Named Five Echoes, the installation is formed of a series of symmetrical winding ramps and maze-like passages with a raised circular platform at its centre.
"The title Five Echoes is on one level a description of the form: five concentric circuits of a labyrinth 'echoing' around a central platform," Es Devlin told Dezeen.
"On another level, it references the ancient Greek dance from which the labyrinthine form is derived – as if those ancient footfalls still echo within its corridors," she said.
"The word labyrinth originally referred to a dance, and later the pattern of the marks left by the dancer's feet, which were extruded to become the architectural form we now refer to as a labyrinth," Devlin added.
The installation is located at Jungle Plaza, a concrete park in Miami Design District. Surrounding the structure, Devlin planted 2,000 plants and trees of various shapes and sizes.
"The transformation of the concrete heat island of Jungle Plaza into a 2,000 plant forest is a rehearsal for the kind of space it could become if the urban forest were to be installed permanently," said Devlin.
"It's a rehearsal for how people might feel if they spent more time among the phytoncides (essential oils) produced by trees – proven to decrease stress, help resist infection and cancer, and improve sleep."
Two curving ramps surround the labyrinth and lead visitors to the raised platform at its centre.
Across its floor, the platform is adorned with sundial-like markings that are said to reflect the time it takes for the molecules of the perfume to evaporate while also mimicking the maze-like corridors below.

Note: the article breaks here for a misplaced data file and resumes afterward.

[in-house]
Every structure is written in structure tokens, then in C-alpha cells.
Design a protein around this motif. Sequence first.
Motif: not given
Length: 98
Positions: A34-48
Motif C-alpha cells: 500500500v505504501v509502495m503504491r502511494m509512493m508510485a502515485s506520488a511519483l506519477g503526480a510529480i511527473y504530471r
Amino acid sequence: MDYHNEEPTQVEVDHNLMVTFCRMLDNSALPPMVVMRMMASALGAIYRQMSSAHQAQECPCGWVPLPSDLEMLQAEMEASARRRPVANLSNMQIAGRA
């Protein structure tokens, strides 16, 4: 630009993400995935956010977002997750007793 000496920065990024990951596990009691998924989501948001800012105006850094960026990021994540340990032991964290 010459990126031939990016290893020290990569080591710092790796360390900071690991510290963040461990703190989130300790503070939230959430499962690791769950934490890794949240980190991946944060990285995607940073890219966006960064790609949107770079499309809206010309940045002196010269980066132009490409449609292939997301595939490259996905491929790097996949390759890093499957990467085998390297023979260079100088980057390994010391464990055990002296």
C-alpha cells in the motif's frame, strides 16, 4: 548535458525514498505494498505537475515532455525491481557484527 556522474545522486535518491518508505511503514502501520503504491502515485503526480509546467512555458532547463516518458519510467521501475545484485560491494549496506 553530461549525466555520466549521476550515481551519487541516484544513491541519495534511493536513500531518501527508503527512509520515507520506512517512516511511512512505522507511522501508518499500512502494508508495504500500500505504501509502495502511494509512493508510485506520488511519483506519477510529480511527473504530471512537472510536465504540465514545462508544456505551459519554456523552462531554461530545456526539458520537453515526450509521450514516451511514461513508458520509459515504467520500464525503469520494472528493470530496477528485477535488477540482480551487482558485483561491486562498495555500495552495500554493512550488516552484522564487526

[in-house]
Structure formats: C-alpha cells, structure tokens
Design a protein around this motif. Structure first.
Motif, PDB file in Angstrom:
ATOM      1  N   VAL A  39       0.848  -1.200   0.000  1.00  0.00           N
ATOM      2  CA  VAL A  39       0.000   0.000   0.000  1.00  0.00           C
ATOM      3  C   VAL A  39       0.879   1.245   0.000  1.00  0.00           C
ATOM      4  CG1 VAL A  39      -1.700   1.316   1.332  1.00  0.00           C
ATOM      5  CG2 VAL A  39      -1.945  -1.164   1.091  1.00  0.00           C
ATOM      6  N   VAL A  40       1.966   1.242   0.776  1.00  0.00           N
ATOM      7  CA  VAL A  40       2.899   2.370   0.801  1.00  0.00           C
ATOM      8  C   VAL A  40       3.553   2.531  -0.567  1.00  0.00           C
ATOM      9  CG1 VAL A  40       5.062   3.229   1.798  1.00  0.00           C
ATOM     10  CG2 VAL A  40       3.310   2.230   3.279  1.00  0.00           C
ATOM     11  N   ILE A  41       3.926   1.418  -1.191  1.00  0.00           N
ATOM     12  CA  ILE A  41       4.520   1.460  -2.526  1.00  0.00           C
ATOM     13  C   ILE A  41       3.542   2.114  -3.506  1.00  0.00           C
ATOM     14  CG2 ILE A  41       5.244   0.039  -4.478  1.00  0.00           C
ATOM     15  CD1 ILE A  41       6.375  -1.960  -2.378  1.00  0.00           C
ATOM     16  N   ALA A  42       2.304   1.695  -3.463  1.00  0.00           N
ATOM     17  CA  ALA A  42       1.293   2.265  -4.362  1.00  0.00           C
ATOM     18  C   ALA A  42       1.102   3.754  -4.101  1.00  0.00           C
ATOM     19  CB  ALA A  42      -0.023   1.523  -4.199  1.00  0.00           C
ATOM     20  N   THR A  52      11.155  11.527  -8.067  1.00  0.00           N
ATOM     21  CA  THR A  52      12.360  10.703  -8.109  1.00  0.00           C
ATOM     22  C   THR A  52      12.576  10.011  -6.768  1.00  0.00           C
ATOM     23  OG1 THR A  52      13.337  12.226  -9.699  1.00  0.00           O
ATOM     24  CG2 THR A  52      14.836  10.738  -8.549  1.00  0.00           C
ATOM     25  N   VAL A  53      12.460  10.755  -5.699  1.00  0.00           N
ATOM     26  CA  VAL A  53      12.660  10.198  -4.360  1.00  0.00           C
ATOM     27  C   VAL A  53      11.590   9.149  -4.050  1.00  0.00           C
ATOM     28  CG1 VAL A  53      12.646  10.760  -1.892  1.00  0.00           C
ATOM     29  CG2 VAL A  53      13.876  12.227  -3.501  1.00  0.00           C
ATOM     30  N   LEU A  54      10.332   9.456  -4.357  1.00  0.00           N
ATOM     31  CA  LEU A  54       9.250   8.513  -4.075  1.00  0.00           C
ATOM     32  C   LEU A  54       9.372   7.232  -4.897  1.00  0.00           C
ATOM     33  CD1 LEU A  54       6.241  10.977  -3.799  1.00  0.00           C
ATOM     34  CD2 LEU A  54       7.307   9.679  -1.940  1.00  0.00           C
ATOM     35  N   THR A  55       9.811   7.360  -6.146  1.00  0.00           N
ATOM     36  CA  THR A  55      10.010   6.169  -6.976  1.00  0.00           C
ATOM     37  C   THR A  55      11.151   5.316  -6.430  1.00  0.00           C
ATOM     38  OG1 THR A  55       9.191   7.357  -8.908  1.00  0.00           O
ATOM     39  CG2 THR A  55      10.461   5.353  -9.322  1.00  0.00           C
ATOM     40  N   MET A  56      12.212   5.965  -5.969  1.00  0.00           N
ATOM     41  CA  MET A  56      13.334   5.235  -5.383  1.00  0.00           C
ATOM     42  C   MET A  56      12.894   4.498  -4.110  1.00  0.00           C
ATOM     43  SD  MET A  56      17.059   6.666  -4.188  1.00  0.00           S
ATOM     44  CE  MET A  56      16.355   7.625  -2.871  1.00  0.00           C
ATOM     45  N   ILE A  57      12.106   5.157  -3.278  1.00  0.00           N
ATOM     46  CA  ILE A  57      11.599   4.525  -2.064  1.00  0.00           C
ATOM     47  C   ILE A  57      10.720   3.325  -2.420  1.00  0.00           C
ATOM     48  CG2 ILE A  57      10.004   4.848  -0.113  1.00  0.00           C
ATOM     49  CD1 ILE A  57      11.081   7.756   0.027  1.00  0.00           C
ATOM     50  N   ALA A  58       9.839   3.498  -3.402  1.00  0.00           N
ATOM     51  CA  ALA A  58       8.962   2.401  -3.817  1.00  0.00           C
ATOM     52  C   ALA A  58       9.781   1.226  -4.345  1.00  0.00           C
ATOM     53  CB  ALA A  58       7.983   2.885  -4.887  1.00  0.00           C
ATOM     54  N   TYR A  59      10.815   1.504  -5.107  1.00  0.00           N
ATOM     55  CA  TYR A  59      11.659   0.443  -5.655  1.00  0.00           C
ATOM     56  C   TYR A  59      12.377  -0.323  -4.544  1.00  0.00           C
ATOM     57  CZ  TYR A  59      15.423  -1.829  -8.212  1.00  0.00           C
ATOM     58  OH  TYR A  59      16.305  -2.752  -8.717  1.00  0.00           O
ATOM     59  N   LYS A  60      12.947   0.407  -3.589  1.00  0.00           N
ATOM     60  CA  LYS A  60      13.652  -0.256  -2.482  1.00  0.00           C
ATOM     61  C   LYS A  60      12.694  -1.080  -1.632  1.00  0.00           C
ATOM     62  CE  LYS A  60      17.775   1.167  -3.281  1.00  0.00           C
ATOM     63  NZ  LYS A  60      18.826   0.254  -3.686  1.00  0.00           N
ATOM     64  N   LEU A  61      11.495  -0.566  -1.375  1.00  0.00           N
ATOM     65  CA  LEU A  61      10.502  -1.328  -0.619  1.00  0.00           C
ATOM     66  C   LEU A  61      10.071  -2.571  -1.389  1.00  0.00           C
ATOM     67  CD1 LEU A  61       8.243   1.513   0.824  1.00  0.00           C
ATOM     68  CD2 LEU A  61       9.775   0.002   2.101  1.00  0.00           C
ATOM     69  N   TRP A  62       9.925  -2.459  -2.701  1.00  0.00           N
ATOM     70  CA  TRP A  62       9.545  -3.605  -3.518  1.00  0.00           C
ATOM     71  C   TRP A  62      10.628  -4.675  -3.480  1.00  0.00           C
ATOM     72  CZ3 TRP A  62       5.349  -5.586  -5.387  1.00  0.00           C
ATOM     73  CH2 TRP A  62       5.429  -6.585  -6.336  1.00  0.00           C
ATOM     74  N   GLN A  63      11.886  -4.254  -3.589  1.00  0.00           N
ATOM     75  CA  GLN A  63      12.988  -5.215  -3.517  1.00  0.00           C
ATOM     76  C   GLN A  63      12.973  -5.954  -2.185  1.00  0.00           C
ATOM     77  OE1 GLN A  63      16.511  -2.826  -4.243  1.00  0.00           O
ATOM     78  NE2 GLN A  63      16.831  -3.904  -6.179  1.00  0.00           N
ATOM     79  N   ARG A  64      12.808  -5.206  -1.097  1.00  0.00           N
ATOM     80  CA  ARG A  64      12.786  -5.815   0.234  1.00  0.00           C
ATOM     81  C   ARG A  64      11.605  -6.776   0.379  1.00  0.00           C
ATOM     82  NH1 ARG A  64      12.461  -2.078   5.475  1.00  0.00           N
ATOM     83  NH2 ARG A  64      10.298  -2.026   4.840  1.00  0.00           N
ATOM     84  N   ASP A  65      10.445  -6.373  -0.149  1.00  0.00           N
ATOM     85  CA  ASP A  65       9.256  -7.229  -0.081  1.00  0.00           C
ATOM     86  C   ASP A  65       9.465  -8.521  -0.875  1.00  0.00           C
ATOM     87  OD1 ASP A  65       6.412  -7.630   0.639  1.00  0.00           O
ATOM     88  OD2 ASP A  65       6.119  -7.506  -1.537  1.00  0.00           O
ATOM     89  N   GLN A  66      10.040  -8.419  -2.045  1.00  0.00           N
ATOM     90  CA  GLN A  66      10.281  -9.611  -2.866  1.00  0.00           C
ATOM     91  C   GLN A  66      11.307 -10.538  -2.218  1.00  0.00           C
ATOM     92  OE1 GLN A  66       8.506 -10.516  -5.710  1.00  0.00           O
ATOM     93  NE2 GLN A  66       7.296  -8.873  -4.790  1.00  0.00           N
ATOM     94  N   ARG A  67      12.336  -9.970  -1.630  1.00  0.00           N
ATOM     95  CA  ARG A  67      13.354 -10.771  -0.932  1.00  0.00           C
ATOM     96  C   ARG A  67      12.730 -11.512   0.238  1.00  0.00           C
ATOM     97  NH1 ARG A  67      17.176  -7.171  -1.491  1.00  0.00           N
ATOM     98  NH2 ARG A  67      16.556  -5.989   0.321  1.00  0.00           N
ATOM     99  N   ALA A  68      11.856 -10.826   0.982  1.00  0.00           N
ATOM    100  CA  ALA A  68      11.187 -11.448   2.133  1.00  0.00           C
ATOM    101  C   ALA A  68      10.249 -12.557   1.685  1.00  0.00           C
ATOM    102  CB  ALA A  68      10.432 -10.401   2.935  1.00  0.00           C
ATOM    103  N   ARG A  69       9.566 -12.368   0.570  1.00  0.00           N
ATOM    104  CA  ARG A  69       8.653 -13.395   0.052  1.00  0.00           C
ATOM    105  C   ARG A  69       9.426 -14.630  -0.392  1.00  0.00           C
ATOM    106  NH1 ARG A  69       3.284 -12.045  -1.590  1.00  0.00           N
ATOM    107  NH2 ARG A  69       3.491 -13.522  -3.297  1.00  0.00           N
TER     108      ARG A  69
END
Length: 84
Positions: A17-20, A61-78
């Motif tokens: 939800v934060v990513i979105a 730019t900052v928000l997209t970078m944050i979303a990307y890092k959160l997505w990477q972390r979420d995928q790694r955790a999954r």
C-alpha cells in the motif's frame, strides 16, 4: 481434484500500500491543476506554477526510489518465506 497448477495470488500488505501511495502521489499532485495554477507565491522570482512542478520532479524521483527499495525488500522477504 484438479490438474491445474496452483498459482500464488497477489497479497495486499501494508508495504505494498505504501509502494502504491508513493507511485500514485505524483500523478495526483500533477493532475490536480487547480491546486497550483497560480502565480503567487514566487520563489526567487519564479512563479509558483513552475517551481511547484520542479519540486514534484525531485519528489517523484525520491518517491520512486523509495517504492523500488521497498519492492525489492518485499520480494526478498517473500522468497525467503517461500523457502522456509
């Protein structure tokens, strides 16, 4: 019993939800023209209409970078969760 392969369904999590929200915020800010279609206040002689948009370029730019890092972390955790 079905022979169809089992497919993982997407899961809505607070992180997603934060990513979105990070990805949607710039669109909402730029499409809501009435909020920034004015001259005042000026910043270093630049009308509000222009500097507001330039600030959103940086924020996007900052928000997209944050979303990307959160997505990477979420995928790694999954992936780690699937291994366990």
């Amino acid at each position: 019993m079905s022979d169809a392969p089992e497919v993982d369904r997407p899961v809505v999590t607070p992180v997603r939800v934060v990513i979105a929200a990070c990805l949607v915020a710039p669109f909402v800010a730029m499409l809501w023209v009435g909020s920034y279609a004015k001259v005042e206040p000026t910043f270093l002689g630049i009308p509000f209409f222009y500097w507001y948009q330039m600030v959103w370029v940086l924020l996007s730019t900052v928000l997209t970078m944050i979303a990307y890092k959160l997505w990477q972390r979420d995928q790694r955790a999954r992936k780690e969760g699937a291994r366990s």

Three openings, at the front and sides of the structure, lead visitors inside the building where they can stand beneath the platform and see it from below.
Here, the perfume informed-markings are illuminated by the sun's light above, while additional openings lead visitors through labyrinth paths.
Devlin worked closely with Chanel's in-house perfumer Olivier Polge to transform the molecular language of its No.5 perfume into a soundscape and light installation that is emitted from the structure.
The materials used in the installation, including timber and fabric, will be donated to local arts groups while the trees and plants will be replanted locally in collaboration with Million Trees Miami.
"This project aims to balance the echo of the emissions inherent in its production by inviting 2,000 trees to work as co-authors of the piece and replanting them so they can grow and sequester carbon for hundreds of years while offering health-enhancing benefits to those who spend time among them," said Devlin.
"My hope is that at least five of the trees' names echo through visitors memories when they leave: South Florida Slash Pine, Live Oak, Dahoon Holly, Ylang Ylang, Wax Myrtle – perhaps the first step towards caring enough about other species to save them from extinction is to learn their names."
"Architecture follows behaviour, then the resultant architecture determines future behaviour. This feedback loop indicates that we can make choices about our architecture, design and city planning that will positively influence our future behaviour," Devlin explained.
Earlier this year, Devlin created an indoor forest titled the Conference of Trees for The New York Times Climate Hub at COP26. At this year's London Design Biennale, Devlin filled the courtyard of Somerset House with trees for her Forest for Change installation.
Five Echoes is on show at Jungle Plaza until 21 December 2021. It launched during Miami art week, which also involves Design Miami and Art Basel Miami Beach. See Dezeen Events Guide for an up-to-date list of architecture and design events taking place around the world.